Well. I hate wasted effort, let alone wasted fabric, so I've modified my planning. The ones I should otherwise throw away will get the ultimate sanity check. This means that all mistakes in the production process have to be put right and the end result needs to be wearable. The downside of this is that everything goes together in a way that supports design decisions rather than easy construction, so sewing these up can sometimes feel like a monumental effort.

The first item is a bomber jacket based on the one piece blouse I showed a few weeks ago. When I posted that one I didn’t show off its coolest feature: you can turn it upside down and wear it as a shrug. I worked the concept through on this garment, adding a vent in the back that converts into a draped collar. In principle it’s also reversible which means four looks for the price of one. The downside it that now I don’t know where to put the label.

I’ve used a piece of vintage fabric, cotton broadcloth with metallic studs. It was gifted to me quite some years ago by a friend who bet me at the time that I couldn’t get a bomber jacket out of two square meters. It’s taken me a while to figure it out but I reckon I won the wager. I managed to get a few shots in the evening sun to show off the sparkle, but if I make more of these they’ll probably be in sober tweed or glamorous silk and not trashy sequins.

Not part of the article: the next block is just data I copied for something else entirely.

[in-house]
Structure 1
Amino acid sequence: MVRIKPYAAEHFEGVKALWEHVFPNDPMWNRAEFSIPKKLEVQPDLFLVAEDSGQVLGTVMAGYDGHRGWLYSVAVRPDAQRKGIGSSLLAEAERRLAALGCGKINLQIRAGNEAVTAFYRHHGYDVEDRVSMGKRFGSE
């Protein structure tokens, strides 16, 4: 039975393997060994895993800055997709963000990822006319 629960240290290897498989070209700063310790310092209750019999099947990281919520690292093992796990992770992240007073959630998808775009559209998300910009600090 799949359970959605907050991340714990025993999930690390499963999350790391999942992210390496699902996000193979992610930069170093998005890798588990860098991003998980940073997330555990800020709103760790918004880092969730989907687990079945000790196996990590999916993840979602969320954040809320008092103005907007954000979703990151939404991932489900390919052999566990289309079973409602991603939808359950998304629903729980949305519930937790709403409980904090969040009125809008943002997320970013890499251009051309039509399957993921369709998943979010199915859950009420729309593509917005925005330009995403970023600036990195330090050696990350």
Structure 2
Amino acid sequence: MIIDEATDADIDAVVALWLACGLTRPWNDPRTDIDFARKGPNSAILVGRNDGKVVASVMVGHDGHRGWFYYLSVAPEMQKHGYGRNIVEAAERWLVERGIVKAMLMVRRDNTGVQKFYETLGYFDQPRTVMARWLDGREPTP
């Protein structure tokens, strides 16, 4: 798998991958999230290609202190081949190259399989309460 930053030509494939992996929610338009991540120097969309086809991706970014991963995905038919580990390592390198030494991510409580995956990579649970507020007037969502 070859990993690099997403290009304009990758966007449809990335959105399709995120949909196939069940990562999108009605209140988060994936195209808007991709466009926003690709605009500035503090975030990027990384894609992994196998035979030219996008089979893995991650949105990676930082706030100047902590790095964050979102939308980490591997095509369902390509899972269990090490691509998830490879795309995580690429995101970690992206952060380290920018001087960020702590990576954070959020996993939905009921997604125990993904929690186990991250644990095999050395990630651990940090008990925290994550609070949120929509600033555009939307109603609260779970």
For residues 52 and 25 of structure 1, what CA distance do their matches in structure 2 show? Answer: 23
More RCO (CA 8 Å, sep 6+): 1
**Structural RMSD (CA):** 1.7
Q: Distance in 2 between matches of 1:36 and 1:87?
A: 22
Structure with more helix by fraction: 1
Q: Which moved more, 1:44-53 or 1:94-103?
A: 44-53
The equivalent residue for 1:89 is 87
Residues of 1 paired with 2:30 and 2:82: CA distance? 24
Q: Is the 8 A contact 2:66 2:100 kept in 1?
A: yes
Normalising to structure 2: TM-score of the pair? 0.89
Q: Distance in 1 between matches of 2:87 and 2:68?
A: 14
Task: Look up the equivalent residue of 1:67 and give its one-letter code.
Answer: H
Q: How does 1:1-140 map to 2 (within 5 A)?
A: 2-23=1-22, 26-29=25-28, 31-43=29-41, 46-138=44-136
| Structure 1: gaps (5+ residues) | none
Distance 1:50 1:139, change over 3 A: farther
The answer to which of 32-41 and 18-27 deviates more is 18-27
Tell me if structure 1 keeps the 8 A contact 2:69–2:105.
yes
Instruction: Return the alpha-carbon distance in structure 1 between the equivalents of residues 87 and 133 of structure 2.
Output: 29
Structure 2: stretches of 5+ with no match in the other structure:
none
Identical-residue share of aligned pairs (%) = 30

The second is a draped tunic with bandage sleeves that close with thumb loops. This is not particularly short on material but I can claim close to zero waste. It’s good fun to wear and people seem to like it but it’s not terribly practical and I’m still looking the perfect fabric for it. It also needs bra loops because even with a pin it’s hard to wear without flashing a bit of strap.

For the picture I was inspired by all the talk about brooches last week to pin it up with a bizarre object my sister gave me. I have no idea who made this or what they were thinking of, but I find it strangely appealing. Nevertheless, British comedy fans will know exactly what I’m talking about when I say it reminds me of that episode in the second series of Blackadder where Percy uses alchemy to create something green and goes on to make jewellery that looks like snot.

Both outfits feature the pants that were the starting point for my minimal waste pattern cutting project. I wanted to create a pair of trousers out of a meter of fabric that didn't look like pyjamas. After some trial and error and a lot of draping I dropped the crotch, moved the inseam to the front and curved the hem, which gives shape in the leg and volume in the seat. Not everyone’s cup of tea but I’ve found them very wearable and they’ve been in heavy rotation throughout the summer. Styled with my Trippen platforms, because I read somewhere that statement boots with cropped pants were A Thing this year.

So please tell me, what do you think? Does a convertible jacket appeal to you? Would you wear a bandage sleeve? Do these pants look cool or sloppy? Your critical comments and feedback on each of these garments is very much appreciated.